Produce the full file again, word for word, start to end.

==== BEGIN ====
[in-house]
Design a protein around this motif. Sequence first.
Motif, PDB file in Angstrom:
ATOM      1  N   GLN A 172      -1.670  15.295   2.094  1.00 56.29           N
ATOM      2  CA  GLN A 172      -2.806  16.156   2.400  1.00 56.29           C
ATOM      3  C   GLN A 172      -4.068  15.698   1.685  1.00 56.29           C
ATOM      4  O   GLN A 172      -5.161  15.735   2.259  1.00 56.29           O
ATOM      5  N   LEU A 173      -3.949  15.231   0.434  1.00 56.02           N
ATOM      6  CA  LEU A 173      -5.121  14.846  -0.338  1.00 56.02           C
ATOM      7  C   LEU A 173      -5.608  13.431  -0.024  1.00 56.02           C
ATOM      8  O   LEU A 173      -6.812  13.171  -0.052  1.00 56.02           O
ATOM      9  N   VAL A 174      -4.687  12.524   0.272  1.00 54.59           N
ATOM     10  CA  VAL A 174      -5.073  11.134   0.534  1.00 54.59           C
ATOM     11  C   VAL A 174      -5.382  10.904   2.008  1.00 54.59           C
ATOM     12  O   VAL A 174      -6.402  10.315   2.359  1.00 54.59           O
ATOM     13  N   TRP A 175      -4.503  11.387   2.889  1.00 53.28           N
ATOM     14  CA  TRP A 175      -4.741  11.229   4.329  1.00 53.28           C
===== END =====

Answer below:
[in-house]
Design a protein around this motif. Sequence first.
Motif, PDB file in Angstrom:
ATOM      1  N   GLN A 172      -1.670  15.295   2.094  1.00 56.29           N
ATOM      2  CA  GLN A 172      -2.806  16.156   2.400  1.00 56.29           C
ATOM      3  C   GLN A 172      -4.068  15.698   1.685  1.00 56.29           C
ATOM      4  O   GLN A 172      -5.161  15.735   2.259  1.00 56.29           O
ATOM      5  N   LEU A 173      -3.949  15.231   0.434  1.00 56.02           N
ATOM      6  CA  LEU A 173      -5.121  14.846  -0.338  1.00 56.02           C
ATOM      7  C   LEU A 173      -5.608  13.431  -0.024  1.00 56.02           C
ATOM      8  O   LEU A 173      -6.812  13.171  -0.052  1.00 56.02           O
ATOM      9  N   VAL A 174      -4.687  12.524   0.272  1.00 54.59           N
ATOM     10  CA  VAL A 174      -5.073  11.134   0.534  1.00 54.59           C
ATOM     11  C   VAL A 174      -5.382  10.904   2.008  1.00 54.59           C
ATOM     12  O   VAL A 174      -6.402  10.315   2.359  1.00 54.59           O
ATOM     13  N   TRP A 175      -4.503  11.387   2.889  1.00 53.28           N
ATOM     14  CA  TRP A 175      -4.741  11.229   4.329  1.00 53.28           C